Editor’s Note: We’re off today in celebration of the US holiday. Enjoy this Monday Magic article, which was originally published in October 2013. But it has a labor-based theme, so…
As players, we have a habit of pigeonholing the colors into their basest aspects while contrasting them with one another. Whether it’s done to simply convey a color’s core essence or used dismissively about its usefulness, players often resort to speaking in shorthand when discussing what it means to be that color. Red? Well, that’s the color of direct damage, goblins and dragons. Blue? Counterspells and fliers. And for Green? Mana acceleration and creatures – lots and lots of creatures.
As the color of nature, Green’s mission statement has always centered around a creature-centric philosophy. Green mages prefer to match their brawn against others, using the raw power of the wilds over deceptive spells and fancy enchantments. It’s why it gets a higher percentage of creatures compared to the rest, and why so much of its utility is based around creatures or combat. As a result, this causes some players to think that Green isn’t as “advanced” as the other colors. However, while it is the color with the most straight-forward philosophy and the least amount of nuance, anyone on the receiving end of an Overrun can attest that Green is just as dangerous as the rest. This is especially true with the overall shift towards more potent creatures in the game.
Green is adept at strategies around both large behemoths and a swarm mentality. Players can cultivate hordes of saprolings / squirrels / insects, or giant forces of nature (conveniently including Force of Nature!). Usually though, you have to commit to one approach over the other. Token decks require some extra utility cards, while gigantic creatures necessitate taking advantage of Green’s other major trait to generate the needed mana.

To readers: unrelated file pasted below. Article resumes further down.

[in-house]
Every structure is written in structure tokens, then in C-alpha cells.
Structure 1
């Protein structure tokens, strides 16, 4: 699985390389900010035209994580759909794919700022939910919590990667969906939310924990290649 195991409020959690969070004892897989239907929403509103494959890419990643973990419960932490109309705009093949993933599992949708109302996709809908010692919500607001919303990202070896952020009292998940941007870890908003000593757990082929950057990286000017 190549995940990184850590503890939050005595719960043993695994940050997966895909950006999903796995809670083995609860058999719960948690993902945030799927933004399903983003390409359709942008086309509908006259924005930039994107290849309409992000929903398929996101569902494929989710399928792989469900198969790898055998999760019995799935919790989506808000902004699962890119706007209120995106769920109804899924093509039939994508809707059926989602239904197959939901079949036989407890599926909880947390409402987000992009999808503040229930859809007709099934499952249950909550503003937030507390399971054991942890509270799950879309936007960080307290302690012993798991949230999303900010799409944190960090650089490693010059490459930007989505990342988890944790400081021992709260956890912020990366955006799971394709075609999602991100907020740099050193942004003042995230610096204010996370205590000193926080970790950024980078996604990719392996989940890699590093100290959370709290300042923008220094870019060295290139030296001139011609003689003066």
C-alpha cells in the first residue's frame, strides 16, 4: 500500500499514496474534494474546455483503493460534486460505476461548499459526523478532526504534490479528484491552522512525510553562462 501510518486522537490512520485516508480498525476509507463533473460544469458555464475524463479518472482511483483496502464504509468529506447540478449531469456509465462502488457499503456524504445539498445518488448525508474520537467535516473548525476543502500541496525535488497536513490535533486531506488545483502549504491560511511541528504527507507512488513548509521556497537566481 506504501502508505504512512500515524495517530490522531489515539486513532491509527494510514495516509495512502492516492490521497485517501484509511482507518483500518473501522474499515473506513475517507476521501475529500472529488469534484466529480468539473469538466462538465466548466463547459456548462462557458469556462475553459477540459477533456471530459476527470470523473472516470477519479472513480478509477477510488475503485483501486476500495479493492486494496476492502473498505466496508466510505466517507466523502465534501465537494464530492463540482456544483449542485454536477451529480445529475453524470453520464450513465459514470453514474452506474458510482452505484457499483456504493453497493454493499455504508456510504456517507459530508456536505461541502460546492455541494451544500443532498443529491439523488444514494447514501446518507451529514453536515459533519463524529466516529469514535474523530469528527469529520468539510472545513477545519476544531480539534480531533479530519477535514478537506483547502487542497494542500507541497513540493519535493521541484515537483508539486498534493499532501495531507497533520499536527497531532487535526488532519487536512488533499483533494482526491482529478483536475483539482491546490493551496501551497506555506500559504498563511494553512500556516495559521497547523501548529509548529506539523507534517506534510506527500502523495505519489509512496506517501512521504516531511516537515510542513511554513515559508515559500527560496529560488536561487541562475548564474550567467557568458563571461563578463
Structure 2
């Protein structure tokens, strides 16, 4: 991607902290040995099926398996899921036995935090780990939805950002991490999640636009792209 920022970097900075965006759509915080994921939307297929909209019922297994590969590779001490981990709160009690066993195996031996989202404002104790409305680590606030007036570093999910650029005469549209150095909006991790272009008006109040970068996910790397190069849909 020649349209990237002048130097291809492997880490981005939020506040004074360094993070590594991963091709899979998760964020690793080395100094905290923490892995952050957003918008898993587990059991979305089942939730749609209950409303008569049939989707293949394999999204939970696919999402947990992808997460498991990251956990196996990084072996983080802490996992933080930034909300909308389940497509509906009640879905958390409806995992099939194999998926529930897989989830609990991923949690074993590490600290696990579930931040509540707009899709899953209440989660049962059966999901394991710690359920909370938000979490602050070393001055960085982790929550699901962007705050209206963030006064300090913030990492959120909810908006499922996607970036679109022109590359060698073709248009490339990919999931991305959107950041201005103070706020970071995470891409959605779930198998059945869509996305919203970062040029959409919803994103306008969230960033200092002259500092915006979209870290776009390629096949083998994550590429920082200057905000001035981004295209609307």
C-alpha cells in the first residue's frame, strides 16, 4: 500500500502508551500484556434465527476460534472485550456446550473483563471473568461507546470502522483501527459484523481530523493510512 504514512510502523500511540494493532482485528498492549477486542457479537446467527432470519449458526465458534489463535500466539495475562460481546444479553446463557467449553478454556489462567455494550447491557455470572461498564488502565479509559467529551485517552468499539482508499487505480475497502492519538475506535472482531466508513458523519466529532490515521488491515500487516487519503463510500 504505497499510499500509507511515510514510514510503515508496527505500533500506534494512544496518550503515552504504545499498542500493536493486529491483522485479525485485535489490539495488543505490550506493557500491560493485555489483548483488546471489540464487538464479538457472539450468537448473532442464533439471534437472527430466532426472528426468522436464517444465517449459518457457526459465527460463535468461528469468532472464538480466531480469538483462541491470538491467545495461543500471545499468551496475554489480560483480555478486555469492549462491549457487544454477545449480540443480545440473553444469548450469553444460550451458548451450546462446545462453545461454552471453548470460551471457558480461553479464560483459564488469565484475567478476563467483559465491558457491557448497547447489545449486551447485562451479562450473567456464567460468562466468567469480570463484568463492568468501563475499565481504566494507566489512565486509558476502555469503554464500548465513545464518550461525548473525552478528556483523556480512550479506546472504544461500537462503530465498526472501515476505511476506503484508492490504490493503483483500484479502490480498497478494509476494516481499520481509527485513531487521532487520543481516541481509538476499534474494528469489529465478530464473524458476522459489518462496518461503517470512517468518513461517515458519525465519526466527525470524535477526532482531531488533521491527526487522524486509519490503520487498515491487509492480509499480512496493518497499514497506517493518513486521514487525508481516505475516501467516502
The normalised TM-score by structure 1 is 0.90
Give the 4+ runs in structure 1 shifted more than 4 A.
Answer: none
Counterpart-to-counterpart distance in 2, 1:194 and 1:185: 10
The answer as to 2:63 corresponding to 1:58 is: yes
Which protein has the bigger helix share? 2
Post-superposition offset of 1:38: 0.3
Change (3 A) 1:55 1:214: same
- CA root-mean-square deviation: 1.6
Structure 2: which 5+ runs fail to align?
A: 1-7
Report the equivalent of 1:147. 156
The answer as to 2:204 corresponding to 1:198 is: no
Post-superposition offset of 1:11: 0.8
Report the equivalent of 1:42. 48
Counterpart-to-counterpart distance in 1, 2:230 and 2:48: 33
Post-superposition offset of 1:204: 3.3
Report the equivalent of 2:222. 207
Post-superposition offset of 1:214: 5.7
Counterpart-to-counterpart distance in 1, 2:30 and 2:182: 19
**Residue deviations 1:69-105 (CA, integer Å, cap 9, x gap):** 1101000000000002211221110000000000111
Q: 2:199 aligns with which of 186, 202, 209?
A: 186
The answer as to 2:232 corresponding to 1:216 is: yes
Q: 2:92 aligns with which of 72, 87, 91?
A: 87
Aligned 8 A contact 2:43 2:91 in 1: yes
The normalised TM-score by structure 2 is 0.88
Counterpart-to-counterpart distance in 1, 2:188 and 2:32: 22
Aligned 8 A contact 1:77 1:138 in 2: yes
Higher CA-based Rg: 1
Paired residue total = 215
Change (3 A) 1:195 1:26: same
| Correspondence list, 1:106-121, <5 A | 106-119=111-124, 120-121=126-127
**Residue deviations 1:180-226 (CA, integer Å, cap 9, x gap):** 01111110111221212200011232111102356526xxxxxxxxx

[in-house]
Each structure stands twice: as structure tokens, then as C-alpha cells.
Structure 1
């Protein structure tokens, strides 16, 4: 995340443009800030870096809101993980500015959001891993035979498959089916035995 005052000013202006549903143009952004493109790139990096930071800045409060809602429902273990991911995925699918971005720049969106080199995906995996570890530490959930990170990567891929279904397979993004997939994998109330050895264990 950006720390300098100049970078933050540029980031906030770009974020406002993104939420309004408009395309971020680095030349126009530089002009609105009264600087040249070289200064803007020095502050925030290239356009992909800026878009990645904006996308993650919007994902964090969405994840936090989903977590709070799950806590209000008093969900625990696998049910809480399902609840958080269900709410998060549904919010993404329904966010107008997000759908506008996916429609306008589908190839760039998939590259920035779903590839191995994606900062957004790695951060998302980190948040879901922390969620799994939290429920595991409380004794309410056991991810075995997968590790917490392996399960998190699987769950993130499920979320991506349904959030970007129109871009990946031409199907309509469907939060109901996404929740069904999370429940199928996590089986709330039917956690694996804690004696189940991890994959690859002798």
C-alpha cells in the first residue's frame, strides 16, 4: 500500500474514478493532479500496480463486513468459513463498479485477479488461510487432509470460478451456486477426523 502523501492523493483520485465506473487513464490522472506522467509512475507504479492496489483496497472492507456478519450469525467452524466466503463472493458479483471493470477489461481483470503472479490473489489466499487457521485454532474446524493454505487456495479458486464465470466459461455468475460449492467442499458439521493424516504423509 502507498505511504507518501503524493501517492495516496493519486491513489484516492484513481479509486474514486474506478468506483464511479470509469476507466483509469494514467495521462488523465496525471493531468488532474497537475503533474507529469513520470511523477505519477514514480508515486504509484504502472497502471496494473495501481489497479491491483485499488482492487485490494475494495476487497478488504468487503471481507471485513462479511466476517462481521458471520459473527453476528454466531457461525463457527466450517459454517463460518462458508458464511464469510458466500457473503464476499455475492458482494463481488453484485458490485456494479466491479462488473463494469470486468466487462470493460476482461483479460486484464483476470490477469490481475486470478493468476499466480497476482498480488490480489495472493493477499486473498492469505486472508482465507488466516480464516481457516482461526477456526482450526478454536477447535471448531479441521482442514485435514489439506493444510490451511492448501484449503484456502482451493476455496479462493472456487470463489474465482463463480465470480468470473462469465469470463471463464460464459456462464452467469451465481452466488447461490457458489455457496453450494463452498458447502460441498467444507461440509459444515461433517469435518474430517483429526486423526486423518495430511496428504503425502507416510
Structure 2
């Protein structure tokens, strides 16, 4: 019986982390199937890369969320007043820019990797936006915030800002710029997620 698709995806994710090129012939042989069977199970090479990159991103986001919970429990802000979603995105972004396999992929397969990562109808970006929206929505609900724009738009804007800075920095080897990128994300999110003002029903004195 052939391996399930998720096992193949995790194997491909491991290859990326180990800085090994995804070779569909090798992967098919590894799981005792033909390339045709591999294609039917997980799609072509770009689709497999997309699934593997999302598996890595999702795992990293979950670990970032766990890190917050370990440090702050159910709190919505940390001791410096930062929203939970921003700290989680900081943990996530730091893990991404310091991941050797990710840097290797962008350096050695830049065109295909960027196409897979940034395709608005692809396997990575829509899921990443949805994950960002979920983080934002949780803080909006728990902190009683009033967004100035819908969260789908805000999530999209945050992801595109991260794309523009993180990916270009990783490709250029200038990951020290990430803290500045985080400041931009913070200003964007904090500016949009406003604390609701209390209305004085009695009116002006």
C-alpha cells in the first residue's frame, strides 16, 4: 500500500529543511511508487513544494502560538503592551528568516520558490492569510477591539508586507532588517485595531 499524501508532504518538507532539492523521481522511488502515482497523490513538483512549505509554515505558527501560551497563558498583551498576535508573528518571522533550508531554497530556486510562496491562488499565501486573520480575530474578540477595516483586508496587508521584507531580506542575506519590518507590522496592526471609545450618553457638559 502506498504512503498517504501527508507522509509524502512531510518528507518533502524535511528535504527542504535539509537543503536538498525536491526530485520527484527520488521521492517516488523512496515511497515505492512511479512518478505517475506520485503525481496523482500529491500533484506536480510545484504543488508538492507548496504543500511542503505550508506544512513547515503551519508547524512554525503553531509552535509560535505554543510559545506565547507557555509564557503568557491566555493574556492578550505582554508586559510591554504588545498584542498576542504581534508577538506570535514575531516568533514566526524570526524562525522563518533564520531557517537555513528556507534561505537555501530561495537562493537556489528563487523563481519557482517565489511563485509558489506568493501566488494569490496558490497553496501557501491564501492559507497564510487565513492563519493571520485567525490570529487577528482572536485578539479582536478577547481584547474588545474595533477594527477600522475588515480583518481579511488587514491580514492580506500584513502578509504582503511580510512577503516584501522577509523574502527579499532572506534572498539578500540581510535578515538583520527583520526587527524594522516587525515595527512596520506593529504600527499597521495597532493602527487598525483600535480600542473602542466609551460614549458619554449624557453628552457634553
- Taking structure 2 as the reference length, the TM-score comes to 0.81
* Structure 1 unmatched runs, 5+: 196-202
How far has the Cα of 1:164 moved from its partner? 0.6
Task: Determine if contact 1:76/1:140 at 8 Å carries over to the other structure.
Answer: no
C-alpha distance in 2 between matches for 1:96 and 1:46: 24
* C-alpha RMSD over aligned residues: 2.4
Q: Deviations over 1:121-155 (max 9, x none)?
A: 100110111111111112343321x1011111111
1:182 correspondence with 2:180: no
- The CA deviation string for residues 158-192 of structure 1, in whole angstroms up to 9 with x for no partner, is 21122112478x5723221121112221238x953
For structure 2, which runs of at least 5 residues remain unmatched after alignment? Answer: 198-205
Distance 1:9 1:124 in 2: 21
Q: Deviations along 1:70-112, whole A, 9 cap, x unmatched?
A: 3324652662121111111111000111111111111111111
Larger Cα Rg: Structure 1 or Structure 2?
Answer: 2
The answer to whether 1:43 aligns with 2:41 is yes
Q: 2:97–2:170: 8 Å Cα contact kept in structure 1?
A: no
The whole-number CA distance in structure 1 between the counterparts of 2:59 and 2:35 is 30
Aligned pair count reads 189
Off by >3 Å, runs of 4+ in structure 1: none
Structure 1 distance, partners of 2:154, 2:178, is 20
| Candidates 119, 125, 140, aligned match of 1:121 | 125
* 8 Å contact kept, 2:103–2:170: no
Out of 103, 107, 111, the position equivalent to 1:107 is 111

Commander, on the other hand, does not hold to the same conventions as normal decks. It allows players to experiment with different ideas than you’d see normally, including the ability of combining these two Green tactics into a single deck. And, as it turns out, there’s just the card to do it.
Today we have: Perilous Forays
Name: Perilous Forays
Focus: Land Ramp / Mana Acceleration / Creature Sacrifice
Highlights: Perilous Forays is a card with a very simple ability: sac a creature to get a land. There are two immediate effects, although the implications for such an ability are far more widespread. First, sacrificing an inconsequential token creature for a land provides you with the mana necessary to put out your heavy hitters more quickly. Secondly, land ramp in Commander thins the deck out, allowing you more chances at the cards you want to cast. With access to viable token production, this card can help churn out basic land with relative ease in a format that continually craves mana.
Of course, its usefulness doesn’t stop there. For example, Perilous Forays’s sacrifice mechanic (like all sac mechanics) helps prevent someone from stealing your creature or doing other detrimental things to them. Alternatively, you can be more proactive with using the sacrifice engine to your advantage. A card like Fecundity would let you draw cards, and a Grazing Gladehart lets you gain life from it. Of course, branching outside of Green also opens up a whole host of additional opportunity, as there’s an entire color that has zero issue sacrificing its own for more power.
Perilous Forays is a workhorse card that does what it’s supposed to do with relative ease. What’s more, it’s the type of enchantment than be put down in many cases without drawing any immediate attention. Land ramp by itself in most metas is not enough to get someone’s ire up. However, with the right deck, Commander, or if you think it’s wise to pair with an Emeria Angel / Rampaging Baloths, this seemingly benign enchantment could bring all sorts of attention in your direction…
But hey, it doesn’t have the word Perilous in the name for nothing.
Keep an eye out for us to be regularly featuring other more accessible-but-worth-it Commander cards going forward. In the meantime, we’ll keep the light on for you.
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